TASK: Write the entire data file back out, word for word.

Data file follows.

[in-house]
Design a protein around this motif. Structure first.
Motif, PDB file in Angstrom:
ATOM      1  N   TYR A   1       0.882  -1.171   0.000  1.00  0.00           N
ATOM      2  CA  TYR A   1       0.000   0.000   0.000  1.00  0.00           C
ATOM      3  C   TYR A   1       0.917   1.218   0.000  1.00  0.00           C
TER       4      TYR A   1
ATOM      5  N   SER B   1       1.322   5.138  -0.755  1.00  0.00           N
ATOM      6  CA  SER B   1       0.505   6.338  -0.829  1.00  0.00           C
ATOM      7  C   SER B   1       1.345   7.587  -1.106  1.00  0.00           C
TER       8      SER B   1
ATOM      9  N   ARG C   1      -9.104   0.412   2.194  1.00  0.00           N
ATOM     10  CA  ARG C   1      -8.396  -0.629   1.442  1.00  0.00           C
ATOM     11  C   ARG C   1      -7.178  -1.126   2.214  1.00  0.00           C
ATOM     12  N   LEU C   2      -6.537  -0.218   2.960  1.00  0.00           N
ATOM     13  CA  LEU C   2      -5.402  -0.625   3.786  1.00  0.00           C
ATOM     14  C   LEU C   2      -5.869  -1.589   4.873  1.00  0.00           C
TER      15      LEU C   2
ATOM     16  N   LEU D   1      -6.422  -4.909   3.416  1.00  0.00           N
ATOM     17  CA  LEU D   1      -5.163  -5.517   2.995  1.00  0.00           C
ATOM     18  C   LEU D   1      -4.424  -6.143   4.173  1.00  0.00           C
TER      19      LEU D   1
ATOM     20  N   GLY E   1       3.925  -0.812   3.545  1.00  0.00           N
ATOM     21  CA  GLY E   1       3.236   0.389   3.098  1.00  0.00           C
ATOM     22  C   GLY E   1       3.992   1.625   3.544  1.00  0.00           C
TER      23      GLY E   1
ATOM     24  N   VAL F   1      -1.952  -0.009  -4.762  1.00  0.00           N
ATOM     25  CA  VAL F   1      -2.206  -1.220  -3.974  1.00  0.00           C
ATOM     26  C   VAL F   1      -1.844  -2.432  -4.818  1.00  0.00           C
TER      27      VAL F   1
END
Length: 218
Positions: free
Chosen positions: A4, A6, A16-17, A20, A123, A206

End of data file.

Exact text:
[in-house]
Design a protein around this motif. Structure first.
Motif, PDB file in Angstrom:
ATOM      1  N   TYR A   1       0.882  -1.171   0.000  1.00  0.00           N
ATOM      2  CA  TYR A   1       0.000   0.000   0.000  1.00  0.00           C
ATOM      3  C   TYR A   1       0.917   1.218   0.000  1.00  0.00           C
TER       4      TYR A   1
ATOM      5  N   SER B   1       1.322   5.138  -0.755  1.00  0.00           N
ATOM      6  CA  SER B   1       0.505   6.338  -0.829  1.00  0.00           C
ATOM      7  C   SER B   1       1.345   7.587  -1.106  1.00  0.00           C
TER       8      SER B   1
ATOM      9  N   ARG C   1      -9.104   0.412   2.194  1.00  0.00           N
ATOM     10  CA  ARG C   1      -8.396  -0.629   1.442  1.00  0.00           C
ATOM     11  C   ARG C   1      -7.178  -1.126   2.214  1.00  0.00           C
ATOM     12  N   LEU C   2      -6.537  -0.218   2.960  1.00  0.00           N
ATOM     13  CA  LEU C   2      -5.402  -0.625   3.786  1.00  0.00           C
ATOM     14  C   LEU C   2      -5.869  -1.589   4.873  1.00  0.00           C
TER      15      LEU C   2
ATOM     16  N   LEU D   1      -6.422  -4.909   3.416  1.00  0.00           N
ATOM     17  CA  LEU D   1      -5.163  -5.517   2.995  1.00  0.00           C
ATOM     18  C   LEU D   1      -4.424  -6.143   4.173  1.00  0.00           C
TER      19      LEU D   1
ATOM     20  N   GLY E   1       3.925  -0.812   3.545  1.00  0.00           N
ATOM     21  CA  GLY E   1       3.236   0.389   3.098  1.00  0.00           C
ATOM     22  C   GLY E   1       3.992   1.625   3.544  1.00  0.00           C
TER      23      GLY E   1
ATOM     24  N   VAL F   1      -1.952  -0.009  -4.762  1.00  0.00           N
ATOM     25  CA  VAL F   1      -2.206  -1.220  -3.974  1.00  0.00           C
ATOM     26  C   VAL F   1      -1.844  -2.432  -4.818  1.00  0.00           C
TER      27      VAL F   1
END
Length: 218
Positions: free
Chosen positions: A4, A6, A16-17, A20, A123, A206